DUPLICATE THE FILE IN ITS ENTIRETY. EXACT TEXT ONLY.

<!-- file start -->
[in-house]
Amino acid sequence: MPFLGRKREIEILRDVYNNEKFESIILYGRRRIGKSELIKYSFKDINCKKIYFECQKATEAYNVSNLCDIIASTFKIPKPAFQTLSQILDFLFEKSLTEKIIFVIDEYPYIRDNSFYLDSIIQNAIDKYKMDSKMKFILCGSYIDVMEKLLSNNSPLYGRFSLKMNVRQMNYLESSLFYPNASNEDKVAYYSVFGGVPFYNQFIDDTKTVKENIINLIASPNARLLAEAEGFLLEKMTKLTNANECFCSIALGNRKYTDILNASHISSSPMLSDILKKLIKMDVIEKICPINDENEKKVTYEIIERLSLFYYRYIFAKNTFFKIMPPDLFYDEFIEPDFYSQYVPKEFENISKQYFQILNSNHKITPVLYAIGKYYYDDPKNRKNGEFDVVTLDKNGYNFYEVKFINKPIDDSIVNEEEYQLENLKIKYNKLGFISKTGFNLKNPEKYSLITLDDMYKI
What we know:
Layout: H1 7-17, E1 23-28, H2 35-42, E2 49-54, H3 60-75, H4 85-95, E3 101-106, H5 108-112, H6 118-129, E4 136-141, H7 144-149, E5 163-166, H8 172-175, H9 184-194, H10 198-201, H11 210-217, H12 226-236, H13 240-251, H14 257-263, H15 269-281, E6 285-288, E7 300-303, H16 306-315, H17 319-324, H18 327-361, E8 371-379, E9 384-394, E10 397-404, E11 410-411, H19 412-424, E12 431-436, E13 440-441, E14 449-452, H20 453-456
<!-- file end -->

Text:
[in-house]
Amino acid sequence: MPFLGRKREIEILRDVYNNEKFESIILYGRRRIGKSELIKYSFKDINCKKIYFECQKATEAYNVSNLCDIIASTFKIPKPAFQTLSQILDFLFEKSLTEKIIFVIDEYPYIRDNSFYLDSIIQNAIDKYKMDSKMKFILCGSYIDVMEKLLSNNSPLYGRFSLKMNVRQMNYLESSLFYPNASNEDKVAYYSVFGGVPFYNQFIDDTKTVKENIINLIASPNARLLAEAEGFLLEKMTKLTNANECFCSIALGNRKYTDILNASHISSSPMLSDILKKLIKMDVIEKICPINDENEKKVTYEIIERLSLFYYRYIFAKNTFFKIMPPDLFYDEFIEPDFYSQYVPKEFENISKQYFQILNSNHKITPVLYAIGKYYYDDPKNRKNGEFDVVTLDKNGYNFYEVKFINKPIDDSIVNEEEYQLENLKIKYNKLGFISKTGFNLKNPEKYSLITLDDMYKI
What we know:
Layout: H1 7-17, E1 23-28, H2 35-42, E2 49-54, H3 60-75, H4 85-95, E3 101-106, H5 108-112, H6 118-129, E4 136-141, H7 144-149, E5 163-166, H8 172-175, H9 184-194, H10 198-201, H11 210-217, H12 226-236, H13 240-251, H14 257-263, H15 269-281, E6 285-288, E7 300-303, H16 306-315, H17 319-324, H18 327-361, E8 371-379, E9 384-394, E10 397-404, E11 410-411, H19 412-424, E12 431-436, E13 440-441, E14 449-452, H20 453-456